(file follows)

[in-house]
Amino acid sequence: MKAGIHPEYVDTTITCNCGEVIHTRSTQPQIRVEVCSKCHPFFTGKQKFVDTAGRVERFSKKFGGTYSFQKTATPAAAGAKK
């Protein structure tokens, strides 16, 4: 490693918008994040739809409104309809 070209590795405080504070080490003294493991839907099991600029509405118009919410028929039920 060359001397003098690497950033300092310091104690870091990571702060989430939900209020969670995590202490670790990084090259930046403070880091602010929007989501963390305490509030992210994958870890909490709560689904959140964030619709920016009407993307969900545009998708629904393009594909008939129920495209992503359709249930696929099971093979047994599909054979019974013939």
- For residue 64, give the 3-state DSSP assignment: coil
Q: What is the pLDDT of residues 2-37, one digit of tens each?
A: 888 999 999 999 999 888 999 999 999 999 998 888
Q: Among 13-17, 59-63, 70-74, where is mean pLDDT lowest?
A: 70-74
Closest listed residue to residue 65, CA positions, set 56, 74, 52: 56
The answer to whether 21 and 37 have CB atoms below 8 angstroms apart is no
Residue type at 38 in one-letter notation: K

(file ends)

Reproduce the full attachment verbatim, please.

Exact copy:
[in-house]
Amino acid sequence: MKAGIHPEYVDTTITCNCGEVIHTRSTQPQIRVEVCSKCHPFFTGKQKFVDTAGRVERFSKKFGGTYSFQKTATPAAAGAKK
């Protein structure tokens, strides 16, 4: 490693918008994040739809409104309809 070209590795405080504070080490003294493991839907099991600029509405118009919410028929039920 060359001397003098690497950033300092310091104690870091990571702060989430939900209020969670995590202490670790990084090259930046403070880091602010929007989501963390305490509030992210994958870890909490709560689904959140964030619709920016009407993307969900545009998708629904393009594909008939129920495209992503359709249930696929099971093979047994599909054979019974013939």
- For residue 64, give the 3-state DSSP assignment: coil
Q: What is the pLDDT of residues 2-37, one digit of tens each?
A: 888 999 999 999 999 888 999 999 999 999 998 888
Q: Among 13-17, 59-63, 70-74, where is mean pLDDT lowest?
A: 70-74
Closest listed residue to residue 65, CA positions, set 56, 74, 52: 56
The answer to whether 21 and 37 have CB atoms below 8 angstroms apart is no
Residue type at 38 in one-letter notation: K